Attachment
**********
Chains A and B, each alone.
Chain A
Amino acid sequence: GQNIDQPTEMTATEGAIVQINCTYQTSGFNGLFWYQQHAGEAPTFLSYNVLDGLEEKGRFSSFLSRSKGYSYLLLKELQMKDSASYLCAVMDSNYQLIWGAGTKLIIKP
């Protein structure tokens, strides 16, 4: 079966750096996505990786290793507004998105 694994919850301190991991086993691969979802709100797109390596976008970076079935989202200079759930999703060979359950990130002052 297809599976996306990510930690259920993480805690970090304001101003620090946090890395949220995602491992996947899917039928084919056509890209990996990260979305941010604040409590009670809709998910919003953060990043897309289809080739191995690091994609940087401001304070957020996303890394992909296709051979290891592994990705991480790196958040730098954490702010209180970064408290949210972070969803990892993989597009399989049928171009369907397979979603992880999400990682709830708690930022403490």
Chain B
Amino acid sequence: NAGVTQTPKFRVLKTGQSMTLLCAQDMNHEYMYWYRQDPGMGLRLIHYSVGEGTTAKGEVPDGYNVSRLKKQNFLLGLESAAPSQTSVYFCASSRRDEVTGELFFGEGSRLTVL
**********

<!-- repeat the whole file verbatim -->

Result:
Chains A and B, each alone.
Chain A
Amino acid sequence: GQNIDQPTEMTATEGAIVQINCTYQTSGFNGLFWYQQHAGEAPTFLSYNVLDGLEEKGRFSSFLSRSKGYSYLLLKELQMKDSASYLCAVMDSNYQLIWGAGTKLIIKP
């Protein structure tokens, strides 16, 4: 079966750096996505990786290793507004998105 694994919850301190991991086993691969979802709100797109390596976008970076079935989202200079759930999703060979359950990130002052 297809599976996306990510930690259920993480805690970090304001101003620090946090890395949220995602491992996947899917039928084919056509890209990996990260979305941010604040409590009670809709998910919003953060990043897309289809080739191995690091994609940087401001304070957020996303890394992909296709051979290891592994990705991480790196958040730098954490702010209180970064408290949210972070969803990892993989597009399989049928171009369907397979979603992880999400990682709830708690930022403490």
Chain B
Amino acid sequence: NAGVTQTPKFRVLKTGQSMTLLCAQDMNHEYMYWYRQDPGMGLRLIHYSVGEGTTAKGEVPDGYNVSRLKKQNFLLGLESAAPSQTSVYFCASSRRDEVTGELFFGEGSRLTVL